Although the effects of demographic characteristics and smoking on non-accidental mortality were out of the main interest of this study, they are similar in both the extreme weather condition models and the SWT models. After controlling for age, smoking rate and occupations, the mortality risk was about 48% higher in women than in men. Compared with other occupations, people worked in governmental agencies, studied in schools and serviced in military had the lowest risk of non-accidental mortality.

Sensitivity analysis

We performed a sensitivity analysis using the estimates from Chen’s study [82] as the informative normal prior mean in the Bayesian reference but did not find detectable change in the results.


Modification of the association between PM2.5 and non-accidental mortality by weather conditions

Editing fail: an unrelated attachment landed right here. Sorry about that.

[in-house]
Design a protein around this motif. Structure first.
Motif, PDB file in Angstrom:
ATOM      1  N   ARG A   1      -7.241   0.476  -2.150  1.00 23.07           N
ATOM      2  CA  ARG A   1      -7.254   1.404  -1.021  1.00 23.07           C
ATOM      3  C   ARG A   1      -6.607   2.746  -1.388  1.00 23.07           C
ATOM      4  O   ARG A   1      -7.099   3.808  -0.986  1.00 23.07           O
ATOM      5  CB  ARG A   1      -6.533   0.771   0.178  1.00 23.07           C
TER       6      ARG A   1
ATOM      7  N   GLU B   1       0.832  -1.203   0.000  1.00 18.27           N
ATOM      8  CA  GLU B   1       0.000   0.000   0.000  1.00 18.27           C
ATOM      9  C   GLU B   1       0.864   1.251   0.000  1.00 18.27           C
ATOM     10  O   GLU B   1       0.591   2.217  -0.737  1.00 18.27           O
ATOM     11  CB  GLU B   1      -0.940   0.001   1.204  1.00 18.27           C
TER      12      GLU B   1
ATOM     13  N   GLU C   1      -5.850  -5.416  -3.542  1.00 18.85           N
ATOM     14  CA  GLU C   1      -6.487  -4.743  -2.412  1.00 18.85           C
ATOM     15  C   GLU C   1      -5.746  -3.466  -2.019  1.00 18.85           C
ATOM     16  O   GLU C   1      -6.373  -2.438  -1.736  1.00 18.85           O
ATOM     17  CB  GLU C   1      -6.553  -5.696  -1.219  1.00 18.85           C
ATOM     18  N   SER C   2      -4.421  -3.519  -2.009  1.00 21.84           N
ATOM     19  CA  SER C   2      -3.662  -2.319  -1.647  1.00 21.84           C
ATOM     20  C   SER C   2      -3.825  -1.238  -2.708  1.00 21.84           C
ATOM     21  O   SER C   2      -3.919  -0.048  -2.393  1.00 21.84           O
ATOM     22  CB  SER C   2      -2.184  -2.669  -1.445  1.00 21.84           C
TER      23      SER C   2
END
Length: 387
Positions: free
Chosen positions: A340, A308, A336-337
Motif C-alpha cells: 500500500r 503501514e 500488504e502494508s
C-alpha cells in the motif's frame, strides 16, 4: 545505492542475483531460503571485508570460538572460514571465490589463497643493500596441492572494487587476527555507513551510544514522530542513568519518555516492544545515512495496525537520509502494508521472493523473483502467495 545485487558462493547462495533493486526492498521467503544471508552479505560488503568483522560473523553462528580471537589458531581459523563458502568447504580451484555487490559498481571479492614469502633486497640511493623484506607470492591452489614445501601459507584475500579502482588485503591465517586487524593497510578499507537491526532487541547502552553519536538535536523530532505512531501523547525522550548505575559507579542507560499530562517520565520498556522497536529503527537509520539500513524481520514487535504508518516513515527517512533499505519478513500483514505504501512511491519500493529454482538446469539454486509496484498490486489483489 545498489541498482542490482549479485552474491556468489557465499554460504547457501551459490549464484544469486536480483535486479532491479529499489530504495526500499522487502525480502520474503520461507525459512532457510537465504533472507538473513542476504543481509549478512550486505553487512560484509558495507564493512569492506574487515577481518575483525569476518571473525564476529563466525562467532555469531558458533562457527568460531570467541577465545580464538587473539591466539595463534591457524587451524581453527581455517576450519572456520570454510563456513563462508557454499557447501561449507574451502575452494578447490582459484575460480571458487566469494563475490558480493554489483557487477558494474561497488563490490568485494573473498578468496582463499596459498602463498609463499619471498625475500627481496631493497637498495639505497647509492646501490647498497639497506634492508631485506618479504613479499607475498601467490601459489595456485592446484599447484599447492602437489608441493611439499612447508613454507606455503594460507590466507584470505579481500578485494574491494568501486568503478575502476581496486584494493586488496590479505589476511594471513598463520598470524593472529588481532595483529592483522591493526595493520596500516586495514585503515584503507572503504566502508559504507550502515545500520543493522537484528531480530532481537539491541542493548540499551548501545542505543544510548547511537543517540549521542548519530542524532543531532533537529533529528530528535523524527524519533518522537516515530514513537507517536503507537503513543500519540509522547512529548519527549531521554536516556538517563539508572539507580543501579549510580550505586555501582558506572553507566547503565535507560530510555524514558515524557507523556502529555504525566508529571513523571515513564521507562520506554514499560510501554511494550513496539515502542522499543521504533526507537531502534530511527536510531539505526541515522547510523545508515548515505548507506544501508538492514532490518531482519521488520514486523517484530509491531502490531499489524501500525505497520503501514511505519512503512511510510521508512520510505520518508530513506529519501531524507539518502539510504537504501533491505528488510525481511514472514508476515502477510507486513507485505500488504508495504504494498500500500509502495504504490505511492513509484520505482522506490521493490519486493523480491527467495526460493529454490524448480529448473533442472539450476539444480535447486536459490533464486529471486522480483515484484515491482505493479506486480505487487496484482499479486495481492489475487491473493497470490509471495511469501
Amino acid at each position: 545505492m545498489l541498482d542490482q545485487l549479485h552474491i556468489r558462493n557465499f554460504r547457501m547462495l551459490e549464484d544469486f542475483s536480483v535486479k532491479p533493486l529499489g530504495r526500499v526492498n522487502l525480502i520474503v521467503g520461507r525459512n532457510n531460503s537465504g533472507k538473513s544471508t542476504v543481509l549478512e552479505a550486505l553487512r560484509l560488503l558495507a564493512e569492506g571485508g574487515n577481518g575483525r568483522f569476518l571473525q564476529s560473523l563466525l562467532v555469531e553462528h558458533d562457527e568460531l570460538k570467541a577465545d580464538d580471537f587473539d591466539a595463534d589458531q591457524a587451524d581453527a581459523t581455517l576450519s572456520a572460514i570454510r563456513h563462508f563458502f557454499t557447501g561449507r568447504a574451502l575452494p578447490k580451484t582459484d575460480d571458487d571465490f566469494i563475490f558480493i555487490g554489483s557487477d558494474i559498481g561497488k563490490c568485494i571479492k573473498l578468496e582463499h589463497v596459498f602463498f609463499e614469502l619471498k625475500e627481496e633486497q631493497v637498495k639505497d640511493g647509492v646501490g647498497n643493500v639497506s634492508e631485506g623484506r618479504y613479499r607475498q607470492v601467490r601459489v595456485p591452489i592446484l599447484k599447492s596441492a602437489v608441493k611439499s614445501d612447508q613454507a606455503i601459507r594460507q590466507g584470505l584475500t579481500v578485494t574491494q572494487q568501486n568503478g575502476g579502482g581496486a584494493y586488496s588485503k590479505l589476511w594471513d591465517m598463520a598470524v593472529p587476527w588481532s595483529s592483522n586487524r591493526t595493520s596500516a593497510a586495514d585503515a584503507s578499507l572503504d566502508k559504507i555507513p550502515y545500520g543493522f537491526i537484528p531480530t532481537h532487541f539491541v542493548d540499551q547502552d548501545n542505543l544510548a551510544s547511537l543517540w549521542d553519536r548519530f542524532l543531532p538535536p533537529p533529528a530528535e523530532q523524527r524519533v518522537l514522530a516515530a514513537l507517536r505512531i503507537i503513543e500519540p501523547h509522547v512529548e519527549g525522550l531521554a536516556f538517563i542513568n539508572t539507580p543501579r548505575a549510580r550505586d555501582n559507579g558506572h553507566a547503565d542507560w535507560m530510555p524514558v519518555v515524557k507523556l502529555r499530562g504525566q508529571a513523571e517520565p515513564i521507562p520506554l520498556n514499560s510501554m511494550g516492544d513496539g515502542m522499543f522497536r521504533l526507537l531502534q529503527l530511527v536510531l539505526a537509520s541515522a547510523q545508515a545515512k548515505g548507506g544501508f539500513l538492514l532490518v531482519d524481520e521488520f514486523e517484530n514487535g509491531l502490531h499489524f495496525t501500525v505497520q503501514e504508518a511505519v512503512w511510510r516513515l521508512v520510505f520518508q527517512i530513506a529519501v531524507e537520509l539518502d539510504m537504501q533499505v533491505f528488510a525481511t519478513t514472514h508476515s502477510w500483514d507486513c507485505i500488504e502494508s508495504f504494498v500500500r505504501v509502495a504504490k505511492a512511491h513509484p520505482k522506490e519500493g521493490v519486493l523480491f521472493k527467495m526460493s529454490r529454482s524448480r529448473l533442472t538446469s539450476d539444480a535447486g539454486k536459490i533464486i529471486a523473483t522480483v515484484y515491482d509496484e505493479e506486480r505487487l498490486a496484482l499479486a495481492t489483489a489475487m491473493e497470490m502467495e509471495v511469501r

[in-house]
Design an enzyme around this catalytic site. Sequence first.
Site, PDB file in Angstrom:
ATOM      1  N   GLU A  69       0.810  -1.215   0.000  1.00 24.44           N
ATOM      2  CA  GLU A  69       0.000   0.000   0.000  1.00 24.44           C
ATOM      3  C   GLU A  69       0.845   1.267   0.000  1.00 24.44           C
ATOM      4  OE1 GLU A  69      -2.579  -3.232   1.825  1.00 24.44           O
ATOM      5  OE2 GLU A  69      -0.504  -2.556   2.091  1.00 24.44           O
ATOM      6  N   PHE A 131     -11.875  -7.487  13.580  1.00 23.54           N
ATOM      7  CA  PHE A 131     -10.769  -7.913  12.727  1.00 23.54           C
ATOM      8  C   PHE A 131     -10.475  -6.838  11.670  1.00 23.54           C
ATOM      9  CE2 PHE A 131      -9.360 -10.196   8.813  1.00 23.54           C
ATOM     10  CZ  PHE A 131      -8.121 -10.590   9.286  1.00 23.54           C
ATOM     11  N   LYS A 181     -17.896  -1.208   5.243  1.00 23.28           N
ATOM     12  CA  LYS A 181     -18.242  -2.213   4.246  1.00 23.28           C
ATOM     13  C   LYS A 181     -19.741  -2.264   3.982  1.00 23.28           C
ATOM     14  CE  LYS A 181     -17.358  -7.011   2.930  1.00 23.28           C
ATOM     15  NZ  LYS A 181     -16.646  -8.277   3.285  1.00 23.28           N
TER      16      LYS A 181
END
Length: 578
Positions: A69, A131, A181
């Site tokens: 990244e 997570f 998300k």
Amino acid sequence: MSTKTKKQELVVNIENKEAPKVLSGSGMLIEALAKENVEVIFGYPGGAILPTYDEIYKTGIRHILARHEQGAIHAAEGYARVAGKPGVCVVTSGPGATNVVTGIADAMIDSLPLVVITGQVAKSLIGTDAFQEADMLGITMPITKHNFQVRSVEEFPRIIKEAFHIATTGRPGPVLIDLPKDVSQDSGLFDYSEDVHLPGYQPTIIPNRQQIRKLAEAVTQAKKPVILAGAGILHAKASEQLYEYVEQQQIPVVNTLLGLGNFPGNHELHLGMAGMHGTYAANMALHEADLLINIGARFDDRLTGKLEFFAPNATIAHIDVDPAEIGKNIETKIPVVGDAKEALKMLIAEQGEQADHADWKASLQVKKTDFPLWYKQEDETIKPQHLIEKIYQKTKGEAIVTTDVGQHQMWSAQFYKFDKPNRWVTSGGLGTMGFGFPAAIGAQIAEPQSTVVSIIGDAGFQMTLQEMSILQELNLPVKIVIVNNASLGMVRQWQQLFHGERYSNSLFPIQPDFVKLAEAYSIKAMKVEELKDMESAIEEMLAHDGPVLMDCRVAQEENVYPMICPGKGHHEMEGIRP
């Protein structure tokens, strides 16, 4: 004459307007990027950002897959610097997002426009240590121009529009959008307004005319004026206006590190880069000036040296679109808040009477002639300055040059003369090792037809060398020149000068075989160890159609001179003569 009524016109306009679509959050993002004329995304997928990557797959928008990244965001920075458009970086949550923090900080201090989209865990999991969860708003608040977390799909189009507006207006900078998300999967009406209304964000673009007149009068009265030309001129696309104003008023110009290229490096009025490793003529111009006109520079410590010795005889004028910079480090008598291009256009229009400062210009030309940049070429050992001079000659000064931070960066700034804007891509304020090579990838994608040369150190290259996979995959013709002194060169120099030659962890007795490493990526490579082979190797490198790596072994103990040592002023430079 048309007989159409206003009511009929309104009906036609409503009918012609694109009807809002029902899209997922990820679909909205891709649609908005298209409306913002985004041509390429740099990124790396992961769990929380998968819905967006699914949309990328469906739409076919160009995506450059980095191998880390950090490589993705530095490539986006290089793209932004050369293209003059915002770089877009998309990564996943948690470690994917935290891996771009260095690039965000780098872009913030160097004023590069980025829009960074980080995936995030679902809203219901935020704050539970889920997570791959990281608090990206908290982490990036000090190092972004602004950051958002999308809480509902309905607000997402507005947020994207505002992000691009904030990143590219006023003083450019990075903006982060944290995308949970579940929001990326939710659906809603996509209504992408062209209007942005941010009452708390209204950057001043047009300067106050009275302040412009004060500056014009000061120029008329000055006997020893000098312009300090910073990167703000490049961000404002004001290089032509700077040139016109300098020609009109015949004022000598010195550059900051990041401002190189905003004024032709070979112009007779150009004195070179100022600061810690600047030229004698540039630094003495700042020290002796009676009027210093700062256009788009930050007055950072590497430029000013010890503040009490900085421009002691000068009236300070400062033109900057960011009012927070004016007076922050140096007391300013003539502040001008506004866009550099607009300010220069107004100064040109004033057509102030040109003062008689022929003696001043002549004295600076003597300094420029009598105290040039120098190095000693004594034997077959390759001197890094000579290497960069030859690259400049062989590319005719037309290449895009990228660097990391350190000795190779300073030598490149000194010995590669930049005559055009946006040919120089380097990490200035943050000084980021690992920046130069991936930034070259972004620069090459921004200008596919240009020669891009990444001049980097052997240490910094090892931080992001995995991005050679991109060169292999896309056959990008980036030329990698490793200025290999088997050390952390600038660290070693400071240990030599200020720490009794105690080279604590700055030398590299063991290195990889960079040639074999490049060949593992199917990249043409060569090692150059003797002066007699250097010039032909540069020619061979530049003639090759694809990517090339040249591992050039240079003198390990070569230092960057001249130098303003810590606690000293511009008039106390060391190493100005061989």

A substantial number of time-series studies have demonstrated an association between mortality and exposure to PM2.5 air pollution while controlling for confounding factors that also vary over time, such as weather and season [83]. The usual analytic approach to control for weather is to include weather variables, typically temperature and humidity, in regression models that evaluate the effect of air pollution on mortality. However, an inappropriate set of weather variables and the correlations among weather variables as well as between weather variables and air pollution [84, 85] could bias the estimate of the effect of air pollution on mortality. One alternate approach for controlling the potential confounding by weather is to use the synoptic categorization of weather. Our study evaluated the applicability of SWTs to assess the short term association between PM2.5 and mortality in Shanghai, China. We found statistically significant association between PM2.5 concentration and non-accidental mortality in Shanghai, China, i.e. per 10 μg/m3 increase in daily average PM2.5 concentration alone corresponds to 0.26–0.35% increase in daily non-accidental mortality. The increased risk is slightly higher than the 0.22% increase in a recently published paper by Chen et al., who conducted a nationwide analysis using the PM2.5 concentration data between 2013 and 2015 in 272 Chinese cities [82]. The risk increase found in the present study is similar to Lippmann et al. based on a recent multicity study in 150 U.S cities[86], but appreciable smaller than results found in other multicity studies in Europe and North America, where the increased risks for non-accidental mortality due to all causes ranged from 0.55% to 1.18% [8791].